Angiotensin II receptor blockers following intravenous nicardipine administration to lower blood pressure in patients with hypertensive intracerebral hemorrhage: A prospective randomized study

Joji Inamasu, Shunsuke Nakae, Kazuhide Adachi, Yuichi Hirose

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2 Citations (Scopus)

Abstract

Background and objective In patients with hypertensive intracerebral hemorrhage (HICH), intravenous nicardipine is primarily used to lower blood pressure (BP). However, there are few studies investigating the role of oral antihypertensives administered after intravenous nicardipine to prevent BP from rising. Angiotensin II receptor blockers (ARBs) may be beneficial in HICH patients not only as antihypertensives but also by lowering plasma catecholamine levels. A prospective randomized study was conducted between January 2015 and March 2016 to comparatively evaluate the efficacy of two ARBs (azilsartan vs. candesartan) following intravenous nicardipine administration on BP reduction. Patients and methods Thirty conscious HICH patients presenting within 6 h of symptom onset were enrolled (15 in each arm). After administering intravenous nicardipine for 24 48 h, the patients were randomized either to the azilsartan (20 mg) arm or to the candesartan (8 mg) arm. Frequency of hematoma expansion, 30-day modified Rankin scale, and temporal profiles of systolic blood pressure (SBP) and plasma norepinephrine/aldosterone were compared. Results Substantial hematoma expansion occurred in two (13%) azilsartan patients and in one (7%) candesartan patient (P=1.00). SBPs were maintained at lower than 140± 20 mmHg in both arms. Neither SBPs nor plasma norepinephrine/aldosterone levels differed significantly. All 30 patients had 30-day modified Rankin scale scores of 1 2. Conclusion Administration of ARBs following intravenous nicardipine effectively prevented BP from rising in HICH patients. However, whether BP should be strictly managed after 24 h of symptom onset should be addressed in future studies focusing not only on neurologic but also on cardiovascular and renal functions of HICH patients.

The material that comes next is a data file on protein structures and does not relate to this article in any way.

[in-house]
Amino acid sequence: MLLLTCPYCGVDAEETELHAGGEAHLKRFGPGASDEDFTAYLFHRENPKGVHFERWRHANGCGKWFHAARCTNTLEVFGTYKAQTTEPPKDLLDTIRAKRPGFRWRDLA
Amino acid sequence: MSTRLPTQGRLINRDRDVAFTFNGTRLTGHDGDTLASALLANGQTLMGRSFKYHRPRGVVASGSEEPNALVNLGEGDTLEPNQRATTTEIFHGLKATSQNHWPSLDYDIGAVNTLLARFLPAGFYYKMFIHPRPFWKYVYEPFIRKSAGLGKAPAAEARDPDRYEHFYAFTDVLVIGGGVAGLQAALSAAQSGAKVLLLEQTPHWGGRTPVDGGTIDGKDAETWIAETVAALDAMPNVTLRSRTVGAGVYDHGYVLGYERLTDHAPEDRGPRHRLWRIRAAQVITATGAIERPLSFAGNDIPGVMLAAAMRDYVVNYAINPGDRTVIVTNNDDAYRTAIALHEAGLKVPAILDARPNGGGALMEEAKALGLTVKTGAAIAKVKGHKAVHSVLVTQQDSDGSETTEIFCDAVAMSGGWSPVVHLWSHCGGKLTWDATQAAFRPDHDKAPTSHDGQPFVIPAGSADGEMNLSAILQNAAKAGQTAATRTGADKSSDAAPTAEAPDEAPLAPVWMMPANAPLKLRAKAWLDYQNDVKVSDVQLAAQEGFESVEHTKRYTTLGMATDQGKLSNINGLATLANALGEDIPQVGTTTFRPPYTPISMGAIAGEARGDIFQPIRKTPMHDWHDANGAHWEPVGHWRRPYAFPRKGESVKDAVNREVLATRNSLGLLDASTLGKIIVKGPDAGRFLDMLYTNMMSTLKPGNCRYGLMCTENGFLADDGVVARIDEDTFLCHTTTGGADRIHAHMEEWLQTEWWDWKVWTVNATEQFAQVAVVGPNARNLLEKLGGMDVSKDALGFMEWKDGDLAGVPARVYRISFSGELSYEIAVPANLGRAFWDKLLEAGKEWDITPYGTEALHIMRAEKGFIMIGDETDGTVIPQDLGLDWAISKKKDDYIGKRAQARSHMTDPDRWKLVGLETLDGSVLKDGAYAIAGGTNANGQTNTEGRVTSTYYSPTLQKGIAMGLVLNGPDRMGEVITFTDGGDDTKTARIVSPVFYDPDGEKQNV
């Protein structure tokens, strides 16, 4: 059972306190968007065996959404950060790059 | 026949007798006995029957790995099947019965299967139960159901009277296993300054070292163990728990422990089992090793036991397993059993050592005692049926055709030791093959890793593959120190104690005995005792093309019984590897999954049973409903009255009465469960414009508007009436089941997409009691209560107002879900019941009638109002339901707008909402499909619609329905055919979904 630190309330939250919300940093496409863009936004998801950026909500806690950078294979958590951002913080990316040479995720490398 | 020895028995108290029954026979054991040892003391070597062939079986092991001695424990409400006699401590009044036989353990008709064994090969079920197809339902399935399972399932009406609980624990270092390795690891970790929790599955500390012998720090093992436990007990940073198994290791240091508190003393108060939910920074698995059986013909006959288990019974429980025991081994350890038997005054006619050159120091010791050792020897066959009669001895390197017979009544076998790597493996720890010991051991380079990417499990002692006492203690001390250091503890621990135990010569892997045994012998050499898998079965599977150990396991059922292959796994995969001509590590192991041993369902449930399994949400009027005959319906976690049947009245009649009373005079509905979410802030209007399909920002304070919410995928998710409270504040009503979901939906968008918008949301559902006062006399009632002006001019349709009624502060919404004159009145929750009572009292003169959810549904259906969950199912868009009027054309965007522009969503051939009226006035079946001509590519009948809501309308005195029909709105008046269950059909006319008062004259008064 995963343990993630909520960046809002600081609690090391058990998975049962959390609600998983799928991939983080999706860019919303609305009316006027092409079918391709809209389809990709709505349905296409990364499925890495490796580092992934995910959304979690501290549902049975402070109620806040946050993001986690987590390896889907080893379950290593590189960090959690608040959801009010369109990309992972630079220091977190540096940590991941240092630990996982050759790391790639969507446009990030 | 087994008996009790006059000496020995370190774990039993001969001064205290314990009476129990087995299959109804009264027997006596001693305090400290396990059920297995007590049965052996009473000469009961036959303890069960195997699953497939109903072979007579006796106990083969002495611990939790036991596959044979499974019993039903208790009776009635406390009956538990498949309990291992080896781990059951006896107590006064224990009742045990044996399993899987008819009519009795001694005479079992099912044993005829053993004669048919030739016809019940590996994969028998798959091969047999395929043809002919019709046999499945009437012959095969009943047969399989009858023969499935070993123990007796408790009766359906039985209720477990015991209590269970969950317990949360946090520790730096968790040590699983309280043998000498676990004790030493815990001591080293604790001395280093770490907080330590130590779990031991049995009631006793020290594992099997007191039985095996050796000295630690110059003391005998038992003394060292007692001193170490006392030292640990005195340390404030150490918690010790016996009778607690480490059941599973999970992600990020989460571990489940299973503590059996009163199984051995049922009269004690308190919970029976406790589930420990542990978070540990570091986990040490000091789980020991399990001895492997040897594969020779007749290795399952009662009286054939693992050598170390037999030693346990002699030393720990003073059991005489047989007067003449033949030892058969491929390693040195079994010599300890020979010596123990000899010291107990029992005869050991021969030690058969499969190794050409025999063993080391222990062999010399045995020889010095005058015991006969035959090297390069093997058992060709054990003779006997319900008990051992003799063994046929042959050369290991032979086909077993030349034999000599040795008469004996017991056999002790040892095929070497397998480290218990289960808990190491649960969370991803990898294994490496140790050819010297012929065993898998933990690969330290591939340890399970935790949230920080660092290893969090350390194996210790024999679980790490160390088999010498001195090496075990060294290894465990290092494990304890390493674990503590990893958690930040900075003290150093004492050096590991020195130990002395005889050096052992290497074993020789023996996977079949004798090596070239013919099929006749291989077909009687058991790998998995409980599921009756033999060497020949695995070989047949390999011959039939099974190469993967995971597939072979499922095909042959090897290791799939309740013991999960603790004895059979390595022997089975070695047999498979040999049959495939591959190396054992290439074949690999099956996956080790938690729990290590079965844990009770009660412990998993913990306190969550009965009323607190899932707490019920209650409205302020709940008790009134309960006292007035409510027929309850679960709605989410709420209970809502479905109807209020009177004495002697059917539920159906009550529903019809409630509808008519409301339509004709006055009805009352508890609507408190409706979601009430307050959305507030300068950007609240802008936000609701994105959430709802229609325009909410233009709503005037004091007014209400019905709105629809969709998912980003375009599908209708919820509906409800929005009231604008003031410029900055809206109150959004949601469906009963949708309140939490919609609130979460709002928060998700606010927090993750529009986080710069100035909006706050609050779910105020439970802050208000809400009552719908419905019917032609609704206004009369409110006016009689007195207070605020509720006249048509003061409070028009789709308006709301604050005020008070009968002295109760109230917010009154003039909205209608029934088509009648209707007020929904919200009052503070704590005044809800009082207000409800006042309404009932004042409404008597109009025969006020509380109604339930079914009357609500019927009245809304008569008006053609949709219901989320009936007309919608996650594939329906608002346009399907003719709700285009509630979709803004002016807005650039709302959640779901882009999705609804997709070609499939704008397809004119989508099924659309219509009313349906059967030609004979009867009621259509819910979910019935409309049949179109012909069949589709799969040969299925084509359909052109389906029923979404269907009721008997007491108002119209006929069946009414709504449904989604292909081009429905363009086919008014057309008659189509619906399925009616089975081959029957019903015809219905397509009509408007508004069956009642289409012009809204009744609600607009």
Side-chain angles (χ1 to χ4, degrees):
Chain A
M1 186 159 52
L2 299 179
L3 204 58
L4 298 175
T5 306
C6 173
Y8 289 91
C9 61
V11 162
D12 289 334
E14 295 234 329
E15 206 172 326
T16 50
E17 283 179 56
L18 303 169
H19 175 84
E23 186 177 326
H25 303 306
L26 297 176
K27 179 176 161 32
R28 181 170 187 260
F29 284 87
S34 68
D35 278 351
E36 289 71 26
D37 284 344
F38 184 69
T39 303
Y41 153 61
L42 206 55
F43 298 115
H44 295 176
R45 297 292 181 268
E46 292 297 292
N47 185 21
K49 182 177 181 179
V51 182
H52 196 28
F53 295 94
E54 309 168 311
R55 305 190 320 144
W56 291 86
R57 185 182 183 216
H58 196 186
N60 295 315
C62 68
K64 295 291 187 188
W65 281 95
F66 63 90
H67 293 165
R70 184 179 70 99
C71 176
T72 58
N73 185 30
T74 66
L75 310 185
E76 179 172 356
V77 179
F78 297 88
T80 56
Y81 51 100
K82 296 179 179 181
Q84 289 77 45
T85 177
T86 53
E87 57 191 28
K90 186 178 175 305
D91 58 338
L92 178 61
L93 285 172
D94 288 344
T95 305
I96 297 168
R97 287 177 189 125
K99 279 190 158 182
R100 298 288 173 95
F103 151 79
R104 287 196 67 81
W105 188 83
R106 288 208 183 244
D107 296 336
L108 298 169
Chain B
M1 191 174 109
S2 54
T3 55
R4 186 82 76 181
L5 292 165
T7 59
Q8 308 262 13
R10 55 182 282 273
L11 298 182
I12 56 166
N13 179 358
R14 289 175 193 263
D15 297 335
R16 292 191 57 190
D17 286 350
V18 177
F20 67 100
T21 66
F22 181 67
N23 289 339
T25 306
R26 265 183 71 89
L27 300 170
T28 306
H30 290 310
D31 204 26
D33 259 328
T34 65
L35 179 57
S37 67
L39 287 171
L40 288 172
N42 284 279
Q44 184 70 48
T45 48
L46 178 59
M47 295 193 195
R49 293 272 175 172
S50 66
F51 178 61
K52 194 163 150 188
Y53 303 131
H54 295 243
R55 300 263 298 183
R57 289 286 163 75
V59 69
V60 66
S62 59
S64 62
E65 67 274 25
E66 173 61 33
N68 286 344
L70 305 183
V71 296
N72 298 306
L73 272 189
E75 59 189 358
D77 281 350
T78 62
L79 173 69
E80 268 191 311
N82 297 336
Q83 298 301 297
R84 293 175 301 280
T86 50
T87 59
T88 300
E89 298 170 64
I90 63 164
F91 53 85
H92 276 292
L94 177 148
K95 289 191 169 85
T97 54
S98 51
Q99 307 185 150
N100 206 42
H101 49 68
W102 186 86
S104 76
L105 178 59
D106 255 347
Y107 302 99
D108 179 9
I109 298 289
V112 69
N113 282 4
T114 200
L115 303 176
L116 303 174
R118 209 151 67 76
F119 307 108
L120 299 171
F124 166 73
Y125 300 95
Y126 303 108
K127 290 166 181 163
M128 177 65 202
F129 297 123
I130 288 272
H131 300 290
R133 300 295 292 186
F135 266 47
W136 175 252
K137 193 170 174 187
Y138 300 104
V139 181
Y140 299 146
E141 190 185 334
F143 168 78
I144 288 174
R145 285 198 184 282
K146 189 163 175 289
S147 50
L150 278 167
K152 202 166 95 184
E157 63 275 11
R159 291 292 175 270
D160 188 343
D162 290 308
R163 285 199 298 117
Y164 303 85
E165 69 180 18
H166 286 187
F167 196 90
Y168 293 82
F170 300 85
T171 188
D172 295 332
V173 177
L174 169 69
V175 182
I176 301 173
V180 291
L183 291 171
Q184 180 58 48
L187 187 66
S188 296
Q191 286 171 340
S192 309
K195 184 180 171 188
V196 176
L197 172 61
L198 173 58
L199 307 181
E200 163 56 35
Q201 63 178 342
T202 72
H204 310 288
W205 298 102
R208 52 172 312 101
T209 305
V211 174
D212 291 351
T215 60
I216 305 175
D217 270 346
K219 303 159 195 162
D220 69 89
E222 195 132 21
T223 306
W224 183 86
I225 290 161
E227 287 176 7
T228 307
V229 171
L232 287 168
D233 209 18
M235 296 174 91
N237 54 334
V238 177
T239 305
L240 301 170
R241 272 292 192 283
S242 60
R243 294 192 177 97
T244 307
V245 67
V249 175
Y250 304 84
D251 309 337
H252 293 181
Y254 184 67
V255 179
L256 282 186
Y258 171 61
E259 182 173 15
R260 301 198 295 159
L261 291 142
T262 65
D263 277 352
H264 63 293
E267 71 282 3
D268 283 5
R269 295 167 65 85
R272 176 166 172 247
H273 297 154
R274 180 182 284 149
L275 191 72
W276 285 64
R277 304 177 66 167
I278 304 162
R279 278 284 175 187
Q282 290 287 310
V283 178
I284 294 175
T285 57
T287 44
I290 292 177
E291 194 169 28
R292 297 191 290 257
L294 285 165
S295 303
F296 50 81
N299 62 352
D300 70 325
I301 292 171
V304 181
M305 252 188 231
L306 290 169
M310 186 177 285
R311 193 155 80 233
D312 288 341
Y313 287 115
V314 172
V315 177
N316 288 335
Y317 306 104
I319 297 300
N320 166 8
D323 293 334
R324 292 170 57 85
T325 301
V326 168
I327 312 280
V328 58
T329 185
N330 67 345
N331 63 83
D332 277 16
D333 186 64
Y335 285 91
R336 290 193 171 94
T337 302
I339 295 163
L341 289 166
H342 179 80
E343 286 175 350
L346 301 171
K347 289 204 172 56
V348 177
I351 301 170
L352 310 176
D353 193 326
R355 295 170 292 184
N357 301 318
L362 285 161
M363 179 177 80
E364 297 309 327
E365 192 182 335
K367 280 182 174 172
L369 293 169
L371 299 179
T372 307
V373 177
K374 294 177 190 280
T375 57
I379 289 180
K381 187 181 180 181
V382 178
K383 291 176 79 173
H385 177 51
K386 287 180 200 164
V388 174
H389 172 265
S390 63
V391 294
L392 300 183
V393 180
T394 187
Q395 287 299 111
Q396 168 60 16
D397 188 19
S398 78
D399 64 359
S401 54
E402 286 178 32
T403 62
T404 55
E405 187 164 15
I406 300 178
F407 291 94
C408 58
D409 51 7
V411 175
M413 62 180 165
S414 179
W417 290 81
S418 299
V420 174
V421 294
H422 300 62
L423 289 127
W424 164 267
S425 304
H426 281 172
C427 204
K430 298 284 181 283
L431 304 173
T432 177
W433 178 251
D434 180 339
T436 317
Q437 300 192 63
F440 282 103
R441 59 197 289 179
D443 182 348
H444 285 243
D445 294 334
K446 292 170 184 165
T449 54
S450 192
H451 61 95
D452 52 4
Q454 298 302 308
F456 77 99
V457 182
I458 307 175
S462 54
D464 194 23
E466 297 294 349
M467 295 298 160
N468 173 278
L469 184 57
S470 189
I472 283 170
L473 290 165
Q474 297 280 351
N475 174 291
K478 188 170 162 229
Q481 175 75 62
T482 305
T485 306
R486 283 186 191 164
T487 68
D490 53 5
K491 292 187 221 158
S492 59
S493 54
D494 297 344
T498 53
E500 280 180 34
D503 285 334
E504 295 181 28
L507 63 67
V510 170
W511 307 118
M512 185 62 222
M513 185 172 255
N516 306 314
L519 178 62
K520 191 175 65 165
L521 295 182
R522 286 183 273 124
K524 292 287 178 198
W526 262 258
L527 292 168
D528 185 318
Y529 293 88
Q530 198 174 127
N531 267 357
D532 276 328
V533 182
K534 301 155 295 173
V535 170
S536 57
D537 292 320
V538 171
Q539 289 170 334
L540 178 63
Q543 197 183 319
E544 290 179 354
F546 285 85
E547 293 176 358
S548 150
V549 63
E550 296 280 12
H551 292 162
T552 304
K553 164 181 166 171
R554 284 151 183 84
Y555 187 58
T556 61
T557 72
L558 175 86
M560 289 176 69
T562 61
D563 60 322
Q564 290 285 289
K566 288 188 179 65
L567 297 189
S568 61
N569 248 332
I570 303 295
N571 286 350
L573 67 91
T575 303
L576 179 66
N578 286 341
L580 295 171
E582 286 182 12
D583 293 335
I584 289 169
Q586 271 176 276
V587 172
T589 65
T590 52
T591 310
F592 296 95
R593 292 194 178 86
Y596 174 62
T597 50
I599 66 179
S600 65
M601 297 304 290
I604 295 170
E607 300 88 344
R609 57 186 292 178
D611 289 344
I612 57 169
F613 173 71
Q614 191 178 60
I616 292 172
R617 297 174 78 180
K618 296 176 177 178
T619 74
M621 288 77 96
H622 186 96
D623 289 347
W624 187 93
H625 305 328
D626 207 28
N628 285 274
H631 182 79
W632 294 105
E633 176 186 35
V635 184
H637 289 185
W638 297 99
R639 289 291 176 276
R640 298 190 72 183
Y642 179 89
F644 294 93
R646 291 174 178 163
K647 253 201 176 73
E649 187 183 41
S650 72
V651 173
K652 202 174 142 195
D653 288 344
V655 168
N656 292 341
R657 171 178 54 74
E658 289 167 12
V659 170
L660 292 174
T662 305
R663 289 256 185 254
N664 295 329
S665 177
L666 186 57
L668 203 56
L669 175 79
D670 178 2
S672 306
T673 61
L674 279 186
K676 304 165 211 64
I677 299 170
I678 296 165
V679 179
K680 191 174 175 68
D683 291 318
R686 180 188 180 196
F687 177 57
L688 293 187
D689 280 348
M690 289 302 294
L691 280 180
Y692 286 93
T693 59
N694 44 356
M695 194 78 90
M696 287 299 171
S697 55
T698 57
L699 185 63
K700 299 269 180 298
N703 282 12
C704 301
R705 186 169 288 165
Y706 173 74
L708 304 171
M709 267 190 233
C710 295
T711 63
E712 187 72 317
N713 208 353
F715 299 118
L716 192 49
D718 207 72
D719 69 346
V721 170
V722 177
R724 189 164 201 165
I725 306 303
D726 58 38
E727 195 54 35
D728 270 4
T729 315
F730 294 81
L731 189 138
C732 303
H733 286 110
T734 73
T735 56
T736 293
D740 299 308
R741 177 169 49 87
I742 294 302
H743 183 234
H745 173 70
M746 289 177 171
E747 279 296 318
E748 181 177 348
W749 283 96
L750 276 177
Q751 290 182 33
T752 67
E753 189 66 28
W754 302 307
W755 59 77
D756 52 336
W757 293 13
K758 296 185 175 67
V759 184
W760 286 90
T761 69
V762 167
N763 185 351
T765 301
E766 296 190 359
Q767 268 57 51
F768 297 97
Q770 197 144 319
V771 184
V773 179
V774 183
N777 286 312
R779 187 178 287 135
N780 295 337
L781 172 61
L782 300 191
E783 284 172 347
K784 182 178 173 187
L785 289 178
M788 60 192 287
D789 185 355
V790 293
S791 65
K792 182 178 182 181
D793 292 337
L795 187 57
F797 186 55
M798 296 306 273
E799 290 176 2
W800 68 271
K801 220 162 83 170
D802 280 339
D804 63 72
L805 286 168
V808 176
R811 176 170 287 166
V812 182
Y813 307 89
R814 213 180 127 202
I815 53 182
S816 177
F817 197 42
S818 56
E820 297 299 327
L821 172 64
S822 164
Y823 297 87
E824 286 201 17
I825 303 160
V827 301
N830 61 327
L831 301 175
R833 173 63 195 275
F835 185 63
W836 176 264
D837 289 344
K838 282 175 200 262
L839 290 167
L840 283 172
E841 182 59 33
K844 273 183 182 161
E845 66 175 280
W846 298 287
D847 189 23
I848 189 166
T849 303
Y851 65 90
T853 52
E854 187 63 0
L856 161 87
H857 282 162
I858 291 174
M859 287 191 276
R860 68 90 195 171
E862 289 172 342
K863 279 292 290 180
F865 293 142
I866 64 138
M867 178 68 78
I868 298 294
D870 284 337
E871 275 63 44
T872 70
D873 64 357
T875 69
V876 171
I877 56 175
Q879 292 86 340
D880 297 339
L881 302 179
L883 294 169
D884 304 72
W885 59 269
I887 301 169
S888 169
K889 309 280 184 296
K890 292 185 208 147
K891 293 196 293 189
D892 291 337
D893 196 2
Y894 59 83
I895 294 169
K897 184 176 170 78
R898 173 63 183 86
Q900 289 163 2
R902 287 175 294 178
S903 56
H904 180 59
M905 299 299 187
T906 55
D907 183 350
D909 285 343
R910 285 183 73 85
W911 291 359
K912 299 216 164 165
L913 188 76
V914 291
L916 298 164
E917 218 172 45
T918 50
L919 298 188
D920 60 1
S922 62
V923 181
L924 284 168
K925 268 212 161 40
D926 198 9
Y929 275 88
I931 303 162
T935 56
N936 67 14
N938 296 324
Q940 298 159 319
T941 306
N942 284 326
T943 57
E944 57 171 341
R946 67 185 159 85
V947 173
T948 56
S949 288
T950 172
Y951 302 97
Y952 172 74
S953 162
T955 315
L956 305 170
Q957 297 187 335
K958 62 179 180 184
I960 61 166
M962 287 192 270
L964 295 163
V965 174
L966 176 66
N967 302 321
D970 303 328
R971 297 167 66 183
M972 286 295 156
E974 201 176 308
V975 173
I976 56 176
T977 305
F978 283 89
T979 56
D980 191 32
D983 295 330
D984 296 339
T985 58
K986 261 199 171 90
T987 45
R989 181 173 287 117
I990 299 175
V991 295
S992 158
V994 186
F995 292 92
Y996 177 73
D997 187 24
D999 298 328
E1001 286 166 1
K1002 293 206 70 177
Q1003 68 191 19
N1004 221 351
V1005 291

Original languageEnglish
Pages (from-to)34-39
Number of pages6
JournalBlood Pressure Monitoring
Volume22
Issue number1
DOIs
Publication statusPublished - 01-01-2017

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Hypertensive Intracranial Hemorrhage
Nicardipine
Angiotensin Receptor Antagonists
Intravenous Administration
Prospective Studies
Blood Pressure
Aldosterone
Hematoma
Antihypertensive Agents
Norepinephrine
Nervous System
Catecholamines

All Science Journal Classification (ASJC) codes

  • Internal Medicine
  • Cardiology and Cardiovascular Medicine
  • Assessment and Diagnosis
  • Advanced and Specialised Nursing

Cite this

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title = "Angiotensin II receptor blockers following intravenous nicardipine administration to lower blood pressure in patients with hypertensive intracerebral hemorrhage: A prospective randomized study",
abstract = "Background and objective In patients with hypertensive intracerebral hemorrhage (HICH), intravenous nicardipine is primarily used to lower blood pressure (BP). However, there are few studies investigating the role of oral antihypertensives administered after intravenous nicardipine to prevent BP from rising. Angiotensin II receptor blockers (ARBs) may be beneficial in HICH patients not only as antihypertensives but also by lowering plasma catecholamine levels. A prospective randomized study was conducted between January 2015 and March 2016 to comparatively evaluate the efficacy of two ARBs (azilsartan vs. candesartan) following intravenous nicardipine administration on BP reduction. Patients and methods Thirty conscious HICH patients presenting within 6 h of symptom onset were enrolled (15 in each arm). After administering intravenous nicardipine for 24 48 h, the patients were randomized either to the azilsartan (20 mg) arm or to the candesartan (8 mg) arm. Frequency of hematoma expansion, 30-day modified Rankin scale, and temporal profiles of systolic blood pressure (SBP) and plasma norepinephrine/aldosterone were compared. Results Substantial hematoma expansion occurred in two (13{\%}) azilsartan patients and in one (7{\%}) candesartan patient (P=1.00). SBPs were maintained at lower than 140± 20 mmHg in both arms. Neither SBPs nor plasma norepinephrine/aldosterone levels differed significantly. All 30 patients had 30-day modified Rankin scale scores of 1 2. Conclusion Administration of ARBs following intravenous nicardipine effectively prevented BP from rising in HICH patients. However, whether BP should be strictly managed after 24 h of symptom onset should be addressed in future studies focusing not only on neurologic but also on cardiovascular and renal functions of HICH patients.",